Let’s see what the literature says about the ways that vitamin D and K work together to support health.
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In a case-control study of 116 Norwegian adults, having low levels of vitamin D and K was associated with hip fractures. In the low vitamin K1 group, those with a low vitamin D level were three times more likely to have a hip fracture compared to those with a high vitamin D level.
A similar study with more participants found that after an 8.2-year follow-up, having low levels of both vitamin D and K led to a 50 percent higher risk of experiencing a hip fracture compared to those with the lowest serum levels. high of vitamins. The findings remained significant even after adjusting for confounding factors such as BMI, gender, age, smoking, and triglycerides. Having low vitamin K and high vitamin D also had a higher risk ratio of 1.17, although it was not significant. Having a low level of vitamin D but a high level of K had a risk ratio of 0.97 (not significant), while the group with high levels of vitamin K and high level of vitamin D was used as the reference.
In another study that lasted two years, subjects in the combination therapy group had a 45.2 percent increase in BMD, compared to 9.4 percent in the K2-only group and 23.3 percent in the vitamin D3-only group. Additionally, of those who responded in the combination therapy group, 67.8 percent experienced an increase in BMD of two percent or more. There was also a significant change in BMD after only six months of therapy in the group taking both K2 and D3. During the study, subjects took K-2 menaquinone-3 (Glakay 45 mg per day), vitamin D3 (10a hydroxycholecalcifrerol Onealfa 1 ug per day), or both. There was also a control group that only had diet therapy.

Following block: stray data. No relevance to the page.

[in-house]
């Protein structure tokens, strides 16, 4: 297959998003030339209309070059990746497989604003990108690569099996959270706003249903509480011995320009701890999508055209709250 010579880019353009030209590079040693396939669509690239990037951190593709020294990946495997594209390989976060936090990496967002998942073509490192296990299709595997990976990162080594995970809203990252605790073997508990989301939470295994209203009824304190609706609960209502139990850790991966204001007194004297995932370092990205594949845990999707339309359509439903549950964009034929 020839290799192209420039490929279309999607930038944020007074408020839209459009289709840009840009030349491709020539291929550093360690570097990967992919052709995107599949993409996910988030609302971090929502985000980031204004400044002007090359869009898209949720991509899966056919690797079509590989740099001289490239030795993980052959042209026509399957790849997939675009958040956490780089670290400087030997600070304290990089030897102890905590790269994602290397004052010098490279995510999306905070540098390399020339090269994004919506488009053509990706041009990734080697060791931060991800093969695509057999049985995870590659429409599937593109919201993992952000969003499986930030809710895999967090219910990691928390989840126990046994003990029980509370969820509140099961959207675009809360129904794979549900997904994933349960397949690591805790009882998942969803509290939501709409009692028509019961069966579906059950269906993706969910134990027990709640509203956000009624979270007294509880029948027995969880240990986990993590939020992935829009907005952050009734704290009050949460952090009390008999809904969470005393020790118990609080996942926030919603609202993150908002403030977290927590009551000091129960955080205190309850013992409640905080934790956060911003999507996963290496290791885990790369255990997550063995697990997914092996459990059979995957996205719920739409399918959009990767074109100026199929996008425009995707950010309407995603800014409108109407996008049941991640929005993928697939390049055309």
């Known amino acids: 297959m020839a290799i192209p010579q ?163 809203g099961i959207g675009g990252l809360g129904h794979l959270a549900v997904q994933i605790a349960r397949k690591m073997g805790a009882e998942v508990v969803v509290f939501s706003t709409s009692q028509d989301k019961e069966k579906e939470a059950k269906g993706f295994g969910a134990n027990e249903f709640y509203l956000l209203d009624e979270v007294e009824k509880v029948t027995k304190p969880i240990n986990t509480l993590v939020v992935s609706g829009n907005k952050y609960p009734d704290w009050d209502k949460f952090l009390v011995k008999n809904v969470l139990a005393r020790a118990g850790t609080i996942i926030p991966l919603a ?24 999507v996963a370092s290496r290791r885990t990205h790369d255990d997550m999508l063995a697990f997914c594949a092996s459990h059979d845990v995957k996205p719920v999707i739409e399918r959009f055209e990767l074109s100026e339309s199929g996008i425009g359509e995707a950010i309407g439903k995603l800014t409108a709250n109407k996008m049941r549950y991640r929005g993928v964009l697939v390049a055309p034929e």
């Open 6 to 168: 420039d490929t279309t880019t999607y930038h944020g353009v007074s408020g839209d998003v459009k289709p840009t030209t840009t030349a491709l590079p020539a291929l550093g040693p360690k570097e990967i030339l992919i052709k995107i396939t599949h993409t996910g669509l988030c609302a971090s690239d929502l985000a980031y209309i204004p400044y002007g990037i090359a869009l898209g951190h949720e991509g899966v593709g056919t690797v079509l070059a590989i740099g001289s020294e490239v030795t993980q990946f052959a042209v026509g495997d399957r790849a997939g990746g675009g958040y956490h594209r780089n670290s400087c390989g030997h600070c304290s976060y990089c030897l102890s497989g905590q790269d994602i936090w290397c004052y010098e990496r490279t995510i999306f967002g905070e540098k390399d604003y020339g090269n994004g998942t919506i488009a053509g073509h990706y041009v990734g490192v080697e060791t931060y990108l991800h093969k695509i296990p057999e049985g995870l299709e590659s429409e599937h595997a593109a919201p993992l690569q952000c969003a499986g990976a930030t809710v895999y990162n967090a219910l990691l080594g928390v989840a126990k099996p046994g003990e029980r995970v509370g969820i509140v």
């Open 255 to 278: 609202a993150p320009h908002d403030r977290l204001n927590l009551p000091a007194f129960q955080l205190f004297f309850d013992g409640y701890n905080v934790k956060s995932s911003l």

In a randomized, blinded, 2-arm, placebo-controlled trial that lasted 14 weeks, making lifestyle changes combined with taking a nutraceutical supplement containing RIAA, berberine, vitamin D3, and vitamin K1 led to better markers for health bone in healthy postmenopausal women. The researchers instructed all participants to switch to a modified, low-glycemic-load diet in a Mediterranean pattern with no limits on caloric intake, as well as to adopt an exercise regimen that consisted of 150 minutes per week of aerobic activity. The study began with a 2-week introduction during which all participants took a placebo twice a day. In week 3, Participants were randomly assigned to continue the placebo or to take a tablet consisting of 200 mg of iso-alpha hop acids rho, 100 mg of berberine sulfate trihydrate, 500 IU of vitamin D3, and 500 IU of vitamin K1. They continued with the lifestyle changes and no one was given a calcium supplement.
A sufficient amount of vitamin D and K can also help improve osteoarthritis in the knee. The researchers reviewed the data in two knee osteoarthritis cohorts to see the relationship between vitamins D and K and knee function. In the Health ABC Knee OA substudy, the group with sufficient levels of circulating K1 (at or above 1.0 mol / L) and vitamin D (at or above 50 nmol / L of 25 (OH) D) improved physical performance battery scores and had faster gait speed during baseline and follow-up compared to groups that had sufficient levels of only one of the vitamins or low levels of both. Another study, the OAI, confirmed this finding. In this studio,